History of Trust & Safety
How it all began
Trade Me had been going a full four years before it faced its first substantive fraud threat.
In early 2003, an unsavoury character used two bogus Trade Me memberships and a website he had made himself to defraud 18 honest folk out of $14,000.
The offender had assumed that given Trade Me itself wasn’t being defrauded that we wouldn’t take it personally. He assumed wrongly.
Trade Me supplied the evidence trail to Police and in 2004 our recently appointed Police Liaison officer appeared as the key prosecution witness in the trial of the suspect, Haydon Simon.
Simon faced 20 charges of obtaining by deception and three charges of dishonestly using a document.
While Trade Me had worked with the Police before, this was the first time we had actively been involved in a prosecution.
After a week-long trial, Simon was found guilty on all 23 charges and sentenced to two and a half years in jail, an unusually tough sentence for a fraud offender.
The Trade Me team and our members, via the message boards, took pride in the fact that when someone had tried to rip off members of their community, there had been severe repercussions.
Getting the Simon prosecution through the system showed us that, with well compiled evidence, it was possible to put scammers in jail.
It also showed that when Police were provided with comprehensive demonstrations of offending and well documented evidence they could confidently act swiftly.
Trade Me began to concentrate more on the design and build of tools and programming tricks which would identify scammers (and those who had a high probability of being scammers), and prevent offences from happening, rather than being purely reactive.
In 2005 we took a fresh look at this area, and adopted the name 'Trust & Safety' to reflect the broader approach we would be taking.
We moved to a four pronged approach; prevention, investigation, redress/prosecution and increased analysis of the environment offending takes place in.
This is how we do it
Prevention involves working hard to divert offshore scammers, and profiling higher risk domestic types before they have a chance to undertake dodgy activity. In time this resulted in a 24 hour policing team monitoring site activity in real time.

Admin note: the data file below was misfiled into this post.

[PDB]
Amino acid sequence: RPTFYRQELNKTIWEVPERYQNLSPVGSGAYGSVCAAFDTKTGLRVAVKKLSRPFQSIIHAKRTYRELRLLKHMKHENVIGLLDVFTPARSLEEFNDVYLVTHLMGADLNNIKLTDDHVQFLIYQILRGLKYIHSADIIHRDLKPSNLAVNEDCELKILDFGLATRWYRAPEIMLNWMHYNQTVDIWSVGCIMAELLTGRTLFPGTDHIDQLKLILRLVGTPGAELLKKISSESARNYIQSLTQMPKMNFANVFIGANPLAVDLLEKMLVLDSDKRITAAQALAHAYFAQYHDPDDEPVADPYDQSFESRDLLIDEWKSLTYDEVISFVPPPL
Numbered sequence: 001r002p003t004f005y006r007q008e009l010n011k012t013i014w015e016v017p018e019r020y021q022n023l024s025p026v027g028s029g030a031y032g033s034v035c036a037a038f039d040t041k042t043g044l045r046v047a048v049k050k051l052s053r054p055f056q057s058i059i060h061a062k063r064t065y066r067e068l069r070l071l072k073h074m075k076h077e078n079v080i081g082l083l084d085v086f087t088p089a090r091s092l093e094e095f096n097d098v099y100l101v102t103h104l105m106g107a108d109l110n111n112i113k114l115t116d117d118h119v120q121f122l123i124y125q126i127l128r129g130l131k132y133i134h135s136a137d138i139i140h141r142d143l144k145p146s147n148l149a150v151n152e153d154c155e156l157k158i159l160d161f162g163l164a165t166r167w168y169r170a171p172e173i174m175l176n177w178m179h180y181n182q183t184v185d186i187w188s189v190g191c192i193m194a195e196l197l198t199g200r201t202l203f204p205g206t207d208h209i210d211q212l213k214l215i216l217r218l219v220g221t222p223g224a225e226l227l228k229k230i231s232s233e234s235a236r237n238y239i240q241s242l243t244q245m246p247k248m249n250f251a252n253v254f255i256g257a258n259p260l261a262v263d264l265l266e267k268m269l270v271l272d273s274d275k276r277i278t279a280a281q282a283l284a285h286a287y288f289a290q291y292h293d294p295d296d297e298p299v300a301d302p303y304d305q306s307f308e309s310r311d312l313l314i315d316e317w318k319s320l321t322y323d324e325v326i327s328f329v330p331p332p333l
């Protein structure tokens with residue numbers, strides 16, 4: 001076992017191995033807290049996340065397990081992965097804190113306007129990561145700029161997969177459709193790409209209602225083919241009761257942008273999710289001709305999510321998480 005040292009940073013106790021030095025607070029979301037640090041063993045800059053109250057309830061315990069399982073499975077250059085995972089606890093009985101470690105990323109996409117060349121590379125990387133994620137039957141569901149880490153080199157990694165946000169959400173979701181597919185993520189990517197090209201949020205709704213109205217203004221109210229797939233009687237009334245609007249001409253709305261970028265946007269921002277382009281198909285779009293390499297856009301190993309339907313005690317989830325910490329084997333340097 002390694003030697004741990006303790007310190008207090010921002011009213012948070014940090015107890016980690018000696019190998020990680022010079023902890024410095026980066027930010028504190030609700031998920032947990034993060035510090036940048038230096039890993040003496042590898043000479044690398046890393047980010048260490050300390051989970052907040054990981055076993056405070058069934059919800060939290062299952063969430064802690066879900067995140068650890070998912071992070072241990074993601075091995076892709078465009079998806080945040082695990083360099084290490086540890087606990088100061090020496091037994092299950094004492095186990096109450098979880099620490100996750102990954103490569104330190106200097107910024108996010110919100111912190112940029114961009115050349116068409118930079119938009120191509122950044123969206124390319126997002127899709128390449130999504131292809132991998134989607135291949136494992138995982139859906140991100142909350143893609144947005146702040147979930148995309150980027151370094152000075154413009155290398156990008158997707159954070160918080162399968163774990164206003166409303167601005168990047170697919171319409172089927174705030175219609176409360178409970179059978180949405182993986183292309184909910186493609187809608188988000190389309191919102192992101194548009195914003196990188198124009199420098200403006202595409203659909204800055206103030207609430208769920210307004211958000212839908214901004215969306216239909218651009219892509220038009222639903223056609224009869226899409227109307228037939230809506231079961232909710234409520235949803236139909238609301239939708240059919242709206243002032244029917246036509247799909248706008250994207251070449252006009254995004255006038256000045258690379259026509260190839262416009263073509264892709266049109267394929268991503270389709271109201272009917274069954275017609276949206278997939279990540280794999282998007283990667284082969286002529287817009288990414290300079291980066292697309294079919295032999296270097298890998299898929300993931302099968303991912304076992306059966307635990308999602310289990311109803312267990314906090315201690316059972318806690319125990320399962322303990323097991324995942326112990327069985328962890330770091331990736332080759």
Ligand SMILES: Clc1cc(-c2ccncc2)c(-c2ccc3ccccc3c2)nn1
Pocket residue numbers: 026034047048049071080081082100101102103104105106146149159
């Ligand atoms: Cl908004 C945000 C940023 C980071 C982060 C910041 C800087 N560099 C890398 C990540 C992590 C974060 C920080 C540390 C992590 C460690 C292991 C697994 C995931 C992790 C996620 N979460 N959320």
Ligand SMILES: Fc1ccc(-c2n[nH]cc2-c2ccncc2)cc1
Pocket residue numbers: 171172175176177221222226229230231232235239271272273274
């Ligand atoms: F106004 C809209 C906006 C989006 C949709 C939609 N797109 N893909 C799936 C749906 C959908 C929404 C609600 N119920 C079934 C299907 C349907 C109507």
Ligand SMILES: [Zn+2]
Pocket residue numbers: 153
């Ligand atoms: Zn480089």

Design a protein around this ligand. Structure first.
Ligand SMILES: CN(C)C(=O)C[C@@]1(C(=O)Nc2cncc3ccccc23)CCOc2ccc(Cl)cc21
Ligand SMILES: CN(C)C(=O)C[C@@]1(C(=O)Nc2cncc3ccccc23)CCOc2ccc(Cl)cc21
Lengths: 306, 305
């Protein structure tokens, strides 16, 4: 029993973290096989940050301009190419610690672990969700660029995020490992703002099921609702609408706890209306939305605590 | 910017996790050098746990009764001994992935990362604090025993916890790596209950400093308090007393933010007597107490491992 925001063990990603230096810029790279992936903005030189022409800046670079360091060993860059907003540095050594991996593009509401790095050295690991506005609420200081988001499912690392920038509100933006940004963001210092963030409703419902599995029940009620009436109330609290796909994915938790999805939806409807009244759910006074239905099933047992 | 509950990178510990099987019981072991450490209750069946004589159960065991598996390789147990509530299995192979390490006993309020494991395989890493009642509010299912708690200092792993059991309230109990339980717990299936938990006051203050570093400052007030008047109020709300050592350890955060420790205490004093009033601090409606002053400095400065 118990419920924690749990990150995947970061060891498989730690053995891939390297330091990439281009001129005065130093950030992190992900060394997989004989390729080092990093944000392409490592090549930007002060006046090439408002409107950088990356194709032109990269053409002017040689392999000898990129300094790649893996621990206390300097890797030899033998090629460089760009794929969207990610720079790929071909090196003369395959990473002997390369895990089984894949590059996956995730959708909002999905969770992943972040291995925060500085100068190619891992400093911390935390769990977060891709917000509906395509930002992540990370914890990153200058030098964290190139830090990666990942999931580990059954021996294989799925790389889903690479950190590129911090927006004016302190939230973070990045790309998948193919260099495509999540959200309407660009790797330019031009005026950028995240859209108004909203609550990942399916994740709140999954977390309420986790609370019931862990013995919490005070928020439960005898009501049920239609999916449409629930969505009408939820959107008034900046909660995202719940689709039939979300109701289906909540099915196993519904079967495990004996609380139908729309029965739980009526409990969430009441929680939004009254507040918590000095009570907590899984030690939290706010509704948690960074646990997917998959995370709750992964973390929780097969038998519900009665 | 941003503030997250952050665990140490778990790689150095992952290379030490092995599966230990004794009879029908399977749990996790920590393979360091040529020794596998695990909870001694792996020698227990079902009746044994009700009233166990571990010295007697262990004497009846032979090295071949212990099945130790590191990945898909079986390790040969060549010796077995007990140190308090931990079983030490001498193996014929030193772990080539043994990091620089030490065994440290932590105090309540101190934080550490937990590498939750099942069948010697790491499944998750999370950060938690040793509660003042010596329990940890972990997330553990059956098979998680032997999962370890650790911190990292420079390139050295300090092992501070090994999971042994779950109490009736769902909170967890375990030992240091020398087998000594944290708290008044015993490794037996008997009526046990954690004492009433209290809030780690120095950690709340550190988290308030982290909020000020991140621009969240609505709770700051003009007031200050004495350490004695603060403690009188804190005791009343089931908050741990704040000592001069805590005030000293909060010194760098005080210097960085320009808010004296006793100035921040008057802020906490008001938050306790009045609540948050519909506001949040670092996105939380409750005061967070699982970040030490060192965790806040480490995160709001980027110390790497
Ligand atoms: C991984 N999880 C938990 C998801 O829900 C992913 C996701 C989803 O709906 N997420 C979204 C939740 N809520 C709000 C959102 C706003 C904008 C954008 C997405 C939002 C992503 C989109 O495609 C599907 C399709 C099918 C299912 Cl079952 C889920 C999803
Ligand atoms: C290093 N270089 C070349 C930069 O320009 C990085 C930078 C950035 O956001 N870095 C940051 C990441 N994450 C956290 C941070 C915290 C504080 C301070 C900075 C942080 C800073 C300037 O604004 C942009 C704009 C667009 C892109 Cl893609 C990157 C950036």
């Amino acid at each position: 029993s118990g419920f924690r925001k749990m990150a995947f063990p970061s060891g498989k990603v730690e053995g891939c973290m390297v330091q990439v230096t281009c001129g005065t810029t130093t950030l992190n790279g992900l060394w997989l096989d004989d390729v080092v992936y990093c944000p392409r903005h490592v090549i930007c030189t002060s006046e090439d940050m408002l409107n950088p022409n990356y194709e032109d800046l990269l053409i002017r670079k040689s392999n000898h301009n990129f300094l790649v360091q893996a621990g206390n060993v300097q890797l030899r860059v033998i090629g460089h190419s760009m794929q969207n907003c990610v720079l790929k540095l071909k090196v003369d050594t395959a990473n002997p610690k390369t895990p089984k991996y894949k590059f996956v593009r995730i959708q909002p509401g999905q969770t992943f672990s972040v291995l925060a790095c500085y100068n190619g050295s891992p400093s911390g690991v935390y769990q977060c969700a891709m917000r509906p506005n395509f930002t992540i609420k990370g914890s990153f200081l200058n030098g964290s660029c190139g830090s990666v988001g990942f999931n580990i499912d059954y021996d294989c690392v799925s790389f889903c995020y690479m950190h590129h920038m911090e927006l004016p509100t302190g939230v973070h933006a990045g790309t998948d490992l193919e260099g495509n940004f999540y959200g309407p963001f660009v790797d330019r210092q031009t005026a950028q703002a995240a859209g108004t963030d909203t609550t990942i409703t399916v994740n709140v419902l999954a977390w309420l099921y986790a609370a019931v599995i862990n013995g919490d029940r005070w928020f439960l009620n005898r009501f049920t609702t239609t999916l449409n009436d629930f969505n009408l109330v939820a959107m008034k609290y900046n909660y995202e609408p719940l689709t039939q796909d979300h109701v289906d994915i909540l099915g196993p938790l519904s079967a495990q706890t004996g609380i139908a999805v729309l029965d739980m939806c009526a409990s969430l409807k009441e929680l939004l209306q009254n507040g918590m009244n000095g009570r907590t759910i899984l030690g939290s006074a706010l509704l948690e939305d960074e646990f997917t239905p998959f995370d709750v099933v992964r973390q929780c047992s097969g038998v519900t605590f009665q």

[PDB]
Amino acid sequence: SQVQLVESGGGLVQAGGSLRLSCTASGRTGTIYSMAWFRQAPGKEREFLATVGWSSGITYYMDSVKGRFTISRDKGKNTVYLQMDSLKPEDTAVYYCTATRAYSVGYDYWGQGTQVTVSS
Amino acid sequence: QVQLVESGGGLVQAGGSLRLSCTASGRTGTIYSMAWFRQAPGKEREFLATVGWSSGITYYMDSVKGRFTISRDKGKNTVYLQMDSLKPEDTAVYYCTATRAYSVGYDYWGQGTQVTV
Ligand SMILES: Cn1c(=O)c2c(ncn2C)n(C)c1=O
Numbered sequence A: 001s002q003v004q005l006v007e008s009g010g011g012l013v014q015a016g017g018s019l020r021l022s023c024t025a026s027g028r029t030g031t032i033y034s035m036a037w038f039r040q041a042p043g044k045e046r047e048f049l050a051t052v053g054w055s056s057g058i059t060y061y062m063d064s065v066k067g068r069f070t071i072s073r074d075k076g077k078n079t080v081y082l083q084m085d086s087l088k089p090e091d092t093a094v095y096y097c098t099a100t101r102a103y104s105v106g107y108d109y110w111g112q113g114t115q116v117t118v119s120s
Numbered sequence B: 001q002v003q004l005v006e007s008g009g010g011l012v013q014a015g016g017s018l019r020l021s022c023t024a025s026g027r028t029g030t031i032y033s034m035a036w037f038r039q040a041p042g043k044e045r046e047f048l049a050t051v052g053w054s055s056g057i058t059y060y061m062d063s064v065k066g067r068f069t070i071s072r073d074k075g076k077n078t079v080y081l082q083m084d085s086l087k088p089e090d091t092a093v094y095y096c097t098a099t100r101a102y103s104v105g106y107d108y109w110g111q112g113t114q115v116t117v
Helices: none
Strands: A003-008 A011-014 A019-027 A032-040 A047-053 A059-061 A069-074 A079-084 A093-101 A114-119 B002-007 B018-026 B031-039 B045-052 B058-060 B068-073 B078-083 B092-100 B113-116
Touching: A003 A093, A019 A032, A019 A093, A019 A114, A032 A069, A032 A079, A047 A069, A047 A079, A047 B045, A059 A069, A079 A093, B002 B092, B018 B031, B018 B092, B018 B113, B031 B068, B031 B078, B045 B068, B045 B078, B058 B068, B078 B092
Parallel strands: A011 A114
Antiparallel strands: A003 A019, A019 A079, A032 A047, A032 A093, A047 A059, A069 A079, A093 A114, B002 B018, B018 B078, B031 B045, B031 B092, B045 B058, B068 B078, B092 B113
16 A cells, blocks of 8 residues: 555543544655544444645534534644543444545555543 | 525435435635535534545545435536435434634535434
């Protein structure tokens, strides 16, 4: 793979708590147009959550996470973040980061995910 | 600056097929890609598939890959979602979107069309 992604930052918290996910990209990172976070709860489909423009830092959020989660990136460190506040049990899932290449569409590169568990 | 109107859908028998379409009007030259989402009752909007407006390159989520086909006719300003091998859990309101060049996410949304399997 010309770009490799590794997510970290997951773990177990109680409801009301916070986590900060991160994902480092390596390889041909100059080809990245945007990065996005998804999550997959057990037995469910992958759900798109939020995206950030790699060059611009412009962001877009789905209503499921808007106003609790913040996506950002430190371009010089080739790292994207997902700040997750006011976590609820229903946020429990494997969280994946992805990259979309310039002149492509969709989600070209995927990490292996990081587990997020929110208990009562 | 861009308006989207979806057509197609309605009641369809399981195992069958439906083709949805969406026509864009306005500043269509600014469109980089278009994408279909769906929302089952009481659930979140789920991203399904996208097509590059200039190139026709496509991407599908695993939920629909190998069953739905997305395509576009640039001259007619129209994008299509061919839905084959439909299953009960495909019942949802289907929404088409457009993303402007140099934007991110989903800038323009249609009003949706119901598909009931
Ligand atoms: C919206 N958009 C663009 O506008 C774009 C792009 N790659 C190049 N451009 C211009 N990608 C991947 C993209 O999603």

Investigation involves a team of professional investigators who pick up the confirmed scammers and non-delivery of items identified by our internal policing team or through member complaints.
The investigators work with members and Police to compile evidence and prepare investigation files.
Redress and prosecution means exactly what it says. First we try to get redress for our members, in terms of their money or property, and then ultimately we seek to get a successful prosecution, ideally with as tough a sentence as possible.
For its first five years Trade Me operated an international marketplace where anyone could be a member. While this was great in terms of the size of the potential market, it limited the effectiveness of site regulation.
In simple terms, if the offender was located anywhere other than New Zealand or Australia, there was little we could do, which wasn’t ideal.
So in August 2005 we decided to restrict Trade Me membership to New Zealanders only (with the exception of Australians with New Zealand bank accounts and international sellers who meet specific requirements by arrangement).
Keeping it local
Now able to concentrate on domestic scammers, we began utilising the Police units closest to where an offender was located. The rationale here was simple but crucial to getting action from the resource-stretched Police.
In a typical scenario a fraudster might sell non-existent items to members located in Dunedin, Christchurch, Wellington and Auckland, but actually be based in Levin.
There is little point in approaching the Police in those four centres, to try and apprehend someone in Levin - it just gets messy.
What we started to do was to identify the perpetrator ourselves, put together an evidence trail, then co-ordinate all the victims to lay their complaint with an officer at the Police Station closet to where the perpetrator lived.